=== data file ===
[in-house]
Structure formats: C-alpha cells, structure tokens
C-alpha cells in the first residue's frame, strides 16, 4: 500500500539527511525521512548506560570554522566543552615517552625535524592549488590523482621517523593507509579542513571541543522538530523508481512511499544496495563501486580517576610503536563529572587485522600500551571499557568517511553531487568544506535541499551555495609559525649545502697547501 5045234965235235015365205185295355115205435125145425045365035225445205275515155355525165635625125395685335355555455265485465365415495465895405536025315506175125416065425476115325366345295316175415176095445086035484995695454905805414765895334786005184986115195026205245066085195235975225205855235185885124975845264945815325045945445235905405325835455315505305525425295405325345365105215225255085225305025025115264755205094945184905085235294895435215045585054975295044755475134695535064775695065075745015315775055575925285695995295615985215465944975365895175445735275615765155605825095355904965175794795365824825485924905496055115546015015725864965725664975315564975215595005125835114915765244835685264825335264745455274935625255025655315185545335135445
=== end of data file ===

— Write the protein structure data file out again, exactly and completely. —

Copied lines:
[in-house]
Structure formats: C-alpha cells, structure tokens
C-alpha cells in the first residue's frame, strides 16, 4: 500500500539527511525521512548506560570554522566543552615517552625535524592549488590523482621517523593507509579542513571541543522538530523508481512511499544496495563501486580517576610503536563529572587485522600500551571499557568517511553531487568544506535541499551555495609559525649545502697547501 5045234965235235015365205185295355115205435125145425045365035225445205275515155355525165635625125395685335355555455265485465365415495465895405536025315506175125416065425476115325366345295316175415176095445086035484995695454905805414765895334786005184986115195026205245066085195235975225205855235185885124975845264945815325045945445235905405325835455315505305525425295405325345365105215225255085225305025025115264755205094945184905085235294895435215045585054975295044755475134695535064775695065075745015315775055575925285695995295615985215465944975365895175445735275615765155605825095355904965175794795365824825485924905496055115546015015725864965725664975315564975215595005125835114915765244835685264825335264745455274935625255025655315185545335135445